Review of the decade

Monday, December 14, 2009

As the curtain falls on the decade, the printing industry will be hoping that the next 10 years bring better fortune than the last. In a two-part look at events since the turn of the millennium, PrintWeek trawls the archive to revisit the stories that hit the headlines during one of the industry's most eventful periods

Read the second half of our review of the decade by clicking here.

Tell us the news you think was most important over the past decade by voting your choice in our poll.

2000

January Creo bought Scitex's pre-press operations in a deal worth £380m. The purchase created an industry giant with a 20% share of the market worth around £2bn.

February Adare claimed to be one of the top-five direct mail players in the UK after buying Wimbledon-based Printronic.

March Polestar was rocked by the departure of two of its top directors: James Povey and Stephen Clark. Povey left the print giant to join Jarrolds, but rejoined Polestar in 2003.

April John Mansfield Group became one of the big five players in the print industry after buying Rexam's printing division for £85m. The move boosted its turnover to £300m.

May Pindar posted record results with a 15% growth in profits to £1.85m and an increase in sales to £63.5m.

June Suppliers were stunned at the amount of business done at Drupa. An unprecedented number of sales were reported by many of the industry's biggest players, including Heidelberg and Manroland.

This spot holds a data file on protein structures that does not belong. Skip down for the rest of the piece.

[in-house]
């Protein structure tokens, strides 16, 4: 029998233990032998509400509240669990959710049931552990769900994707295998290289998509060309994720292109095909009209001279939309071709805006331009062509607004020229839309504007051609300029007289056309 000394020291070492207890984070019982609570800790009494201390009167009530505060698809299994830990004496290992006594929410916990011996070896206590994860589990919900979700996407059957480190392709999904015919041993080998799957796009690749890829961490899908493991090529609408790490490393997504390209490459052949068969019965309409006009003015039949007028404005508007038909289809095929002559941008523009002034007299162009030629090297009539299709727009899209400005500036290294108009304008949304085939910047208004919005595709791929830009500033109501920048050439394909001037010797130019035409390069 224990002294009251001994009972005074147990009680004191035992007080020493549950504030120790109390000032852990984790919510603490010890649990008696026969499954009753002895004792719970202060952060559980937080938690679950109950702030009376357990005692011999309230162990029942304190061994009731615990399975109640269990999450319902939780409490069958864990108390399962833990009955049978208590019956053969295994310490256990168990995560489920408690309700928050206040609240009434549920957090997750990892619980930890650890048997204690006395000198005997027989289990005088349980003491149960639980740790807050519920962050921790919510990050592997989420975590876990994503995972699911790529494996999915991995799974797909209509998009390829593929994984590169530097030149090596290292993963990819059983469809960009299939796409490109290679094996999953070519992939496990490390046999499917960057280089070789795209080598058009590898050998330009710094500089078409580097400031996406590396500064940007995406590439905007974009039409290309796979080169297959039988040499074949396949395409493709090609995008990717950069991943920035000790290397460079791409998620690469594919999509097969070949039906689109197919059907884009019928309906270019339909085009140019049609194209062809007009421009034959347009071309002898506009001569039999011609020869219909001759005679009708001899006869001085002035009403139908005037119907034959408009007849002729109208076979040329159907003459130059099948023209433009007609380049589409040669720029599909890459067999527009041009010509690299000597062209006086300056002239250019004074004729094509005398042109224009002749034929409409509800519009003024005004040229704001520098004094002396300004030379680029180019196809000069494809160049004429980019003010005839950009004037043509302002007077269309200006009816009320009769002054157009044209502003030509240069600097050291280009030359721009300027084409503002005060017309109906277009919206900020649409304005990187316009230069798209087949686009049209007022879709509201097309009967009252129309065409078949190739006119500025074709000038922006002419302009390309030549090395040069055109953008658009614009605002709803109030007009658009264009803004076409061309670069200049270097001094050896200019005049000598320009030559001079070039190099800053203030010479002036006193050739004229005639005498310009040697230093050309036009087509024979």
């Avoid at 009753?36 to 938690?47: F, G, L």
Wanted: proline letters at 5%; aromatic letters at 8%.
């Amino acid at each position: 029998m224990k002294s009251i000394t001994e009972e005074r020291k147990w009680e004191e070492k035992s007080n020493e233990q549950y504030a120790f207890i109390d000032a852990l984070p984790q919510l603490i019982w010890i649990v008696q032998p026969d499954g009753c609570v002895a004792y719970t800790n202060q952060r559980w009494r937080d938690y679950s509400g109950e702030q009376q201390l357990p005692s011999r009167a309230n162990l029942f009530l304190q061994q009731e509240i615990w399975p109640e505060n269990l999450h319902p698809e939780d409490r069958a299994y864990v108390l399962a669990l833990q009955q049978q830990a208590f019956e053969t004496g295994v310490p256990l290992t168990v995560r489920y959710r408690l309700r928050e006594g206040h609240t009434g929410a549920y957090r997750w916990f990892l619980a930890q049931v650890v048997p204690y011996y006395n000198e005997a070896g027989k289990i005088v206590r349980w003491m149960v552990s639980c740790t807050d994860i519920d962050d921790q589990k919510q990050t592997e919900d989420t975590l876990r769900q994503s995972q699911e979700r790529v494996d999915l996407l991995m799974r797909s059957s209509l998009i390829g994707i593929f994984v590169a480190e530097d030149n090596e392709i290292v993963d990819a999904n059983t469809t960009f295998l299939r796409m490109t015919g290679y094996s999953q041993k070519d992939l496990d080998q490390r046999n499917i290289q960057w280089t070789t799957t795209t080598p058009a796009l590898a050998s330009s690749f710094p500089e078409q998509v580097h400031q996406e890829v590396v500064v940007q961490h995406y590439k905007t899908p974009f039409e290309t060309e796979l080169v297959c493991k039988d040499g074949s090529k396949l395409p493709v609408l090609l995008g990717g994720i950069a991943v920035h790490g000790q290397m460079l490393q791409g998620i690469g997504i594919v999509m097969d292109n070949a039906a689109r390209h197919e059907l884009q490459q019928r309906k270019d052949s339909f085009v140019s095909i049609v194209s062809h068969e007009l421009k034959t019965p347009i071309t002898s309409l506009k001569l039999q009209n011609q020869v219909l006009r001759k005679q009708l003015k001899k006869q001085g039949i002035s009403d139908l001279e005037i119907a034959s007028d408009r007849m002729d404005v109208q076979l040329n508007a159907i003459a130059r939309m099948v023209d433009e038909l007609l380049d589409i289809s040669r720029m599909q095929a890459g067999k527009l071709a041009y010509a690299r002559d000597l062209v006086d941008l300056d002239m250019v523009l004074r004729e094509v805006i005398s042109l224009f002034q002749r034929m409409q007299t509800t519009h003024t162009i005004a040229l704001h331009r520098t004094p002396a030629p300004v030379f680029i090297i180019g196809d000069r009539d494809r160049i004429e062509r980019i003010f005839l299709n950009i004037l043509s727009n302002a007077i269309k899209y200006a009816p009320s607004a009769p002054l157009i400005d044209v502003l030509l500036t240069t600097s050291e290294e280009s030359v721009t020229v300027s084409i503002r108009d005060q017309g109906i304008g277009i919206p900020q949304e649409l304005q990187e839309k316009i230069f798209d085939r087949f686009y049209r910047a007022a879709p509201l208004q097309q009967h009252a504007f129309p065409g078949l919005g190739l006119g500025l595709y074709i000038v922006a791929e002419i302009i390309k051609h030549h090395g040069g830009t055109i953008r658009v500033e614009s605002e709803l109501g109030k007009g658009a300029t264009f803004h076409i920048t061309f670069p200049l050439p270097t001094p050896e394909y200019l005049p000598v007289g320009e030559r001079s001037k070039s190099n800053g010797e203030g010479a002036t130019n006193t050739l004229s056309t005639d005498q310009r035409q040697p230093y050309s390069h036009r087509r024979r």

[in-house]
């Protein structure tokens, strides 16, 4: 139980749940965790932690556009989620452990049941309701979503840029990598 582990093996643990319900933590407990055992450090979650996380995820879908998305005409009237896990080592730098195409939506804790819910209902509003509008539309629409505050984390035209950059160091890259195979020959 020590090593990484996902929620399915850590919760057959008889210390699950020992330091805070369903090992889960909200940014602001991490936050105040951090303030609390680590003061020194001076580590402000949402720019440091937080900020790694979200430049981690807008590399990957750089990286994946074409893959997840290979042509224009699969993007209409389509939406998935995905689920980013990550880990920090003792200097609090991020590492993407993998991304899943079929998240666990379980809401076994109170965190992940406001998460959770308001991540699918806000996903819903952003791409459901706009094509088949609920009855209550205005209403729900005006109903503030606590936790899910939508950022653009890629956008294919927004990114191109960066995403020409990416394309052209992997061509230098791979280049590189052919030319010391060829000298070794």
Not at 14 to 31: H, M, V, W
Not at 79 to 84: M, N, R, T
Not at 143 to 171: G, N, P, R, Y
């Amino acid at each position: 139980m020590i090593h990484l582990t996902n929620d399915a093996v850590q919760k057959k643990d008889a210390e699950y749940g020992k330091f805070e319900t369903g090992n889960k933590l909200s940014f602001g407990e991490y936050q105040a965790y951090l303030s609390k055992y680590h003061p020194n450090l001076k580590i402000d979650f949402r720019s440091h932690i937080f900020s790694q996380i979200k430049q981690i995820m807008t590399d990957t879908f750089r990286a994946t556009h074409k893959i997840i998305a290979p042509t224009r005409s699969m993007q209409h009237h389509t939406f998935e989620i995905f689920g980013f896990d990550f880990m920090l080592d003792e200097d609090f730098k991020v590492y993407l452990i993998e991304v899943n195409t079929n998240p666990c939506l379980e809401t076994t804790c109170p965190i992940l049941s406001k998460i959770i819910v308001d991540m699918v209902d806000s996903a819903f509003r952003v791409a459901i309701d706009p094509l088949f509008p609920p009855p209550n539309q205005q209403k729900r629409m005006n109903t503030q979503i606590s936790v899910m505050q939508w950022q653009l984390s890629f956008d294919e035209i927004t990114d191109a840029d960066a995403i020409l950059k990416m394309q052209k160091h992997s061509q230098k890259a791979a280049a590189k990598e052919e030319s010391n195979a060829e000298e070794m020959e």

July The future of Smurfit's Burnley board mill facility was saved following an MBO. The deal secured 220 jobs.

August The BPIF's quarterly Directions survey revealed that the print industry was facing an ongoing struggle, fierce competition and greater demands from customers.

September CPI was on the brink of strengthening its grip on the UK book market by acquiring Mackays of Chatham.

October St Ives' web division was locked in a pay dispute with GPMU members. Staff at the Caerphilly plant launched overtime bans and stoppages.

November An MBO team emerged as the front-runner to buy Communisis-owned Howitt. The Nottinghamshire company had changed hands twice in the previous two years.

December Christian Knapp was appointed KBA's UK managing director following the departure of Kelvin Lowe.


2001
January Communisis sold Howitt to a buy-in MBO team headed by newly appointed managing director James Elliot.

February Polestar announced a pre-tax loss of £1.3m and year-end sales of £494m. Meanwhile Wyndeham issued a profits warning after its share price tumbled 20%.

March Scitex sold off its stakes in Vio and Karat. Vio managers staged a buy-out of the firm, while Karat was bought by KBA.